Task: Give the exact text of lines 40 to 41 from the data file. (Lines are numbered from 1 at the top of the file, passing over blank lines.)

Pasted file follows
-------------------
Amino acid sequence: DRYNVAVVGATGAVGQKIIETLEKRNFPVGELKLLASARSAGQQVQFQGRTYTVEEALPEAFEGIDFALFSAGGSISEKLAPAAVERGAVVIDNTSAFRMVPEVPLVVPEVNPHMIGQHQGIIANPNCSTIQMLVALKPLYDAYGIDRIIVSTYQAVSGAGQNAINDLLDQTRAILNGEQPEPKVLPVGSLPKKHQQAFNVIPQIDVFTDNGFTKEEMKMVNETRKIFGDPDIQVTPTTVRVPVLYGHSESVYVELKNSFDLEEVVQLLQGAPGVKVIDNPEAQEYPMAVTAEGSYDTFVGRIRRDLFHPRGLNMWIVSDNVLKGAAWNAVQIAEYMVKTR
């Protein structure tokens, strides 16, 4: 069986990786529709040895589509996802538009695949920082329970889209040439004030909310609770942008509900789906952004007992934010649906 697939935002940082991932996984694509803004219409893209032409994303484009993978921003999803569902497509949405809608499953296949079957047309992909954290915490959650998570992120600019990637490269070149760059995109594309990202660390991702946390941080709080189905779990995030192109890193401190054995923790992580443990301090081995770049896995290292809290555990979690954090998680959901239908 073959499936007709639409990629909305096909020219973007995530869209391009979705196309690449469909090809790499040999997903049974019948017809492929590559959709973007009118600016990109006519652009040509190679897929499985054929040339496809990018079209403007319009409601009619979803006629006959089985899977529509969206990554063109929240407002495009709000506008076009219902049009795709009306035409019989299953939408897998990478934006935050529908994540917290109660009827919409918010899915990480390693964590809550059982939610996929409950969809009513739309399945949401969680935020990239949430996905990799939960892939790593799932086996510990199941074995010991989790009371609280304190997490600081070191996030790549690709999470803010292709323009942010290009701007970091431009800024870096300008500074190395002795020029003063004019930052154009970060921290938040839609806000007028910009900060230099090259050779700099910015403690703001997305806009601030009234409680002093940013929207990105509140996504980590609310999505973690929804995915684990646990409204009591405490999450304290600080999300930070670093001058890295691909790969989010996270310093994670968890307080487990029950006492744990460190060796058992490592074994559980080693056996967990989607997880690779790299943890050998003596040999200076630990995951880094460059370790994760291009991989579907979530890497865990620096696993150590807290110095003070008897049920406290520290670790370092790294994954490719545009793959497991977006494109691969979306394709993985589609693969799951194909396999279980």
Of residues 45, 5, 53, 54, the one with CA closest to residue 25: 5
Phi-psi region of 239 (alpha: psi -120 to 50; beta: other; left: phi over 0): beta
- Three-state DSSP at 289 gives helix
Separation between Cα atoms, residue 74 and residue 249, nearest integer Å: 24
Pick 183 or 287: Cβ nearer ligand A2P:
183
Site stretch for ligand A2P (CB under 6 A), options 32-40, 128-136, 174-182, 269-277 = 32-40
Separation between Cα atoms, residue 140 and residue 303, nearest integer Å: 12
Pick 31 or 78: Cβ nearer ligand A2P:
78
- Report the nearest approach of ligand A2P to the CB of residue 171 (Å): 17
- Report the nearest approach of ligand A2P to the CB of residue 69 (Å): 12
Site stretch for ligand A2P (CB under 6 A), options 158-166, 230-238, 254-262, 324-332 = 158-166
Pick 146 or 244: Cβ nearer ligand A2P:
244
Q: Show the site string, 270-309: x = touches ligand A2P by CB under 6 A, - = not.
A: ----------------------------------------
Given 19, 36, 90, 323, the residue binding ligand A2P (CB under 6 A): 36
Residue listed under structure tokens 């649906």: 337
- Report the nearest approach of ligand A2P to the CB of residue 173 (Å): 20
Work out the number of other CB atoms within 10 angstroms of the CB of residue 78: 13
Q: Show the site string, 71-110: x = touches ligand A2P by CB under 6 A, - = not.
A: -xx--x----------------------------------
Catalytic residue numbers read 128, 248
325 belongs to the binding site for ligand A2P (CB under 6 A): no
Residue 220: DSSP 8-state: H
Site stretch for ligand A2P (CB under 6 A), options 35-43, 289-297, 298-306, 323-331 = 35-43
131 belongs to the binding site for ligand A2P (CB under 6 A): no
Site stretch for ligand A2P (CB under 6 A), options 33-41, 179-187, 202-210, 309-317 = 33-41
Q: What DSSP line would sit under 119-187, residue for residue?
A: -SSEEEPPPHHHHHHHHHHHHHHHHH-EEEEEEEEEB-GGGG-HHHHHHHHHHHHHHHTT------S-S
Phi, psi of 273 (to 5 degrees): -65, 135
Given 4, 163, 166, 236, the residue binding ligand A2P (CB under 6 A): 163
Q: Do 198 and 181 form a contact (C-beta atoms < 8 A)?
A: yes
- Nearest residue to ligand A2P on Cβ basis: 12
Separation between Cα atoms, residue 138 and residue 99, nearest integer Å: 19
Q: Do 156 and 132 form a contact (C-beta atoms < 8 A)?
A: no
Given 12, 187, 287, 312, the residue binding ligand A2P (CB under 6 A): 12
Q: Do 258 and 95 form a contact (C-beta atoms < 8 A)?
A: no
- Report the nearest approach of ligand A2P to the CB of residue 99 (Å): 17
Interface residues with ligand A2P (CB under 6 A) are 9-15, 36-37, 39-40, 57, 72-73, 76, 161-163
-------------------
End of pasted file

Q: Do 156 and 132 form a contact (C-beta atoms < 8 A)?
A: no